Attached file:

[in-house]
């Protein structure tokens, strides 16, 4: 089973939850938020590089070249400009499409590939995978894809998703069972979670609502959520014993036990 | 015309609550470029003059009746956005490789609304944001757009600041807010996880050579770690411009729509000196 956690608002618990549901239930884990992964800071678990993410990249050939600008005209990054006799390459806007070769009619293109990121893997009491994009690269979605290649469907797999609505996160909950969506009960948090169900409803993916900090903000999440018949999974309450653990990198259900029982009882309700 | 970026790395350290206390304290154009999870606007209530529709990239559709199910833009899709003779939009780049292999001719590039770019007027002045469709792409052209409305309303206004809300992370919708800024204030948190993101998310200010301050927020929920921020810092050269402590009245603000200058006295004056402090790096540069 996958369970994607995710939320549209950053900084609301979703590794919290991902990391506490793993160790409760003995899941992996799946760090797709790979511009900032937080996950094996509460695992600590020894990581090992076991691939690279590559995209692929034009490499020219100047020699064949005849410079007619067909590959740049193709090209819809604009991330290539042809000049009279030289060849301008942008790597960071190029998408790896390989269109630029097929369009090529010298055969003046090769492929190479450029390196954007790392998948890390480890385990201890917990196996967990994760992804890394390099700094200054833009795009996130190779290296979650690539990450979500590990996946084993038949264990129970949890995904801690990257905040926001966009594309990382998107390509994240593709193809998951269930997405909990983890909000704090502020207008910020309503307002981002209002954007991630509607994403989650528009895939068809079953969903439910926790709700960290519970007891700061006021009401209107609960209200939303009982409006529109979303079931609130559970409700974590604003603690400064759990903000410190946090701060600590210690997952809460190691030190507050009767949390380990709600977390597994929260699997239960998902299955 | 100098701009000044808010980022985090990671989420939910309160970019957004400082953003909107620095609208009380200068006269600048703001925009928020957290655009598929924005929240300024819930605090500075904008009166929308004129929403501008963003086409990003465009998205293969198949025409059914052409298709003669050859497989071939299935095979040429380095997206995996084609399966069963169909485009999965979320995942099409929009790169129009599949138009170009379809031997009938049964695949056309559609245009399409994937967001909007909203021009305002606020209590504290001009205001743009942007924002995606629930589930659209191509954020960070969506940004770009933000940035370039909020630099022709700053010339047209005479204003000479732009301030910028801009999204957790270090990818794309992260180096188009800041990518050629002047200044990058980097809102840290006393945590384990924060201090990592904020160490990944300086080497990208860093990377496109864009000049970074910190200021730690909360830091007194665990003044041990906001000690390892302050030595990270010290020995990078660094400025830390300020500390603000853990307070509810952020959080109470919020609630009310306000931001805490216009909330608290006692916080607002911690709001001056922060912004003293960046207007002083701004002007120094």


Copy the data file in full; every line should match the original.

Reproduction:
[in-house]
């Protein structure tokens, strides 16, 4: 089973939850938020590089070249400009499409590939995978894809998703069972979670609502959520014993036990 | 015309609550470029003059009746956005490789609304944001757009600041807010996880050579770690411009729509000196 956690608002618990549901239930884990992964800071678990993410990249050939600008005209990054006799390459806007070769009619293109990121893997009491994009690269979605290649469907797999609505996160909950969506009960948090169900409803993916900090903000999440018949999974309450653990990198259900029982009882309700 | 970026790395350290206390304290154009999870606007209530529709990239559709199910833009899709003779939009780049292999001719590039770019007027002045469709792409052209409305309303206004809300992370919708800024204030948190993101998310200010301050927020929920921020810092050269402590009245603000200058006295004056402090790096540069 996958369970994607995710939320549209950053900084609301979703590794919290991902990391506490793993160790409760003995899941992996799946760090797709790979511009900032937080996950094996509460695992600590020894990581090992076991691939690279590559995209692929034009490499020219100047020699064949005849410079007619067909590959740049193709090209819809604009991330290539042809000049009279030289060849301008942008790597960071190029998408790896390989269109630029097929369009090529010298055969003046090769492929190479450029390196954007790392998948890390480890385990201890917990196996967990994760992804890394390099700094200054833009795009996130190779290296979650690539990450979500590990996946084993038949264990129970949890995904801690990257905040926001966009594309990382998107390509994240593709193809998951269930997405909990983890909000704090502020207008910020309503307002981002209002954007991630509607994403989650528009895939068809079953969903439910926790709700960290519970007891700061006021009401209107609960209200939303009982409006529109979303079931609130559970409700974590604003603690400064759990903000410190946090701060600590210690997952809460190691030190507050009767949390380990709600977390597994929260699997239960998902299955 | 100098701009000044808010980022985090990671989420939910309160970019957004400082953003909107620095609208009380200068006269600048703001925009928020957290655009598929924005929240300024819930605090500075904008009166929308004129929403501008963003086409990003465009998205293969198949025409059914052409298709003669050859497989071939299935095979040429380095997206995996084609399966069963169909485009999965979320995942099409929009790169129009599949138009170009379809031997009938049964695949056309559609245009399409994937967001909007909203021009305002606020209590504290001009205001743009942007924002995606629930589930659209191509954020960070969506940004770009933000940035370039909020630099022709700053010339047209005479204003000479732009301030910028801009999204957790270090990818794309992260180096188009800041990518050629002047200044990058980097809102840290006393945590384990924060201090990592904020160490990944300086080497990208860093990377496109864009000049970074910190200021730690909360830091007194665990003044041990906001000690390892302050030595990270010290020995990078660094400025830390300020500390603000853990307070509810952020959080109470919020609630009310306000931001805490216009909330608290006692916080607002911690709001001056922060912004003293960046207007002083701004002007120094």